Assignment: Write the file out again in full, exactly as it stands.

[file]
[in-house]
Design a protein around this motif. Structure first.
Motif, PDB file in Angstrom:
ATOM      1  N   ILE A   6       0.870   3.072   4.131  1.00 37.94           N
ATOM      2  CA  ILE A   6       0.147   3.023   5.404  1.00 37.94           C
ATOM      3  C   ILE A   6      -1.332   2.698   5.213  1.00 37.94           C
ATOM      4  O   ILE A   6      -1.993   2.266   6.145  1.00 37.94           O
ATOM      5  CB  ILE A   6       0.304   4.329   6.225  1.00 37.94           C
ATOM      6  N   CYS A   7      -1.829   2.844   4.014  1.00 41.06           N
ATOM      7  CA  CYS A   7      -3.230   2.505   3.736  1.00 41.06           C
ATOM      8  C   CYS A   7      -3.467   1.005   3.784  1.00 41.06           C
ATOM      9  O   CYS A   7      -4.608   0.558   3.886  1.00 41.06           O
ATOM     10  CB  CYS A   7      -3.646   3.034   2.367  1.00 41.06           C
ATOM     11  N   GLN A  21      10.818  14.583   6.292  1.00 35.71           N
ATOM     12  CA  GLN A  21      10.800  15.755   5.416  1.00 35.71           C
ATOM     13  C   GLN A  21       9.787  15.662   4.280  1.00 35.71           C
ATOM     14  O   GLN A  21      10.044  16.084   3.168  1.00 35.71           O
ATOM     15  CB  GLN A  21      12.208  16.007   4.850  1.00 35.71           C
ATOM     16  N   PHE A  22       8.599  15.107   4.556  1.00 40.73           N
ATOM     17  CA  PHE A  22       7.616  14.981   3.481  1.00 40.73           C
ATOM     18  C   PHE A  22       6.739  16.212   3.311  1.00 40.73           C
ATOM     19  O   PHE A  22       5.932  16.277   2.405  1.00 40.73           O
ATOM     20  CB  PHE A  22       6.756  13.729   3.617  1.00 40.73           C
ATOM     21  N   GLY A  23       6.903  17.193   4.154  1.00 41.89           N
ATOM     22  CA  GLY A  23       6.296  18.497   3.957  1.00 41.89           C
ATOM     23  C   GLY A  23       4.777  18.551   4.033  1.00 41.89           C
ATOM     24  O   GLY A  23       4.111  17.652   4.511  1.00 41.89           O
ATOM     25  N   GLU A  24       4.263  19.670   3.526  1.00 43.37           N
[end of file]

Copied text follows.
[in-house]
Design a protein around this motif. Structure first.
Motif, PDB file in Angstrom:
ATOM      1  N   ILE A   6       0.870   3.072   4.131  1.00 37.94           N
ATOM      2  CA  ILE A   6       0.147   3.023   5.404  1.00 37.94           C
ATOM      3  C   ILE A   6      -1.332   2.698   5.213  1.00 37.94           C
ATOM      4  O   ILE A   6      -1.993   2.266   6.145  1.00 37.94           O
ATOM      5  CB  ILE A   6       0.304   4.329   6.225  1.00 37.94           C
ATOM      6  N   CYS A   7      -1.829   2.844   4.014  1.00 41.06           N
ATOM      7  CA  CYS A   7      -3.230   2.505   3.736  1.00 41.06           C
ATOM      8  C   CYS A   7      -3.467   1.005   3.784  1.00 41.06           C
ATOM      9  O   CYS A   7      -4.608   0.558   3.886  1.00 41.06           O
ATOM     10  CB  CYS A   7      -3.646   3.034   2.367  1.00 41.06           C
ATOM     11  N   GLN A  21      10.818  14.583   6.292  1.00 35.71           N
ATOM     12  CA  GLN A  21      10.800  15.755   5.416  1.00 35.71           C
ATOM     13  C   GLN A  21       9.787  15.662   4.280  1.00 35.71           C
ATOM     14  O   GLN A  21      10.044  16.084   3.168  1.00 35.71           O
ATOM     15  CB  GLN A  21      12.208  16.007   4.850  1.00 35.71           C
ATOM     16  N   PHE A  22       8.599  15.107   4.556  1.00 40.73           N
ATOM     17  CA  PHE A  22       7.616  14.981   3.481  1.00 40.73           C
ATOM     18  C   PHE A  22       6.739  16.212   3.311  1.00 40.73           C
ATOM     19  O   PHE A  22       5.932  16.277   2.405  1.00 40.73           O
ATOM     20  CB  PHE A  22       6.756  13.729   3.617  1.00 40.73           C
ATOM     21  N   GLY A  23       6.903  17.193   4.154  1.00 41.89           N
ATOM     22  CA  GLY A  23       6.296  18.497   3.957  1.00 41.89           C
ATOM     23  C   GLY A  23       4.777  18.551   4.033  1.00 41.89           C
ATOM     24  O   GLY A  23       4.111  17.652   4.511  1.00 41.89           O
ATOM     25  N   GLU A  24       4.263  19.670   3.526  1.00 43.37           N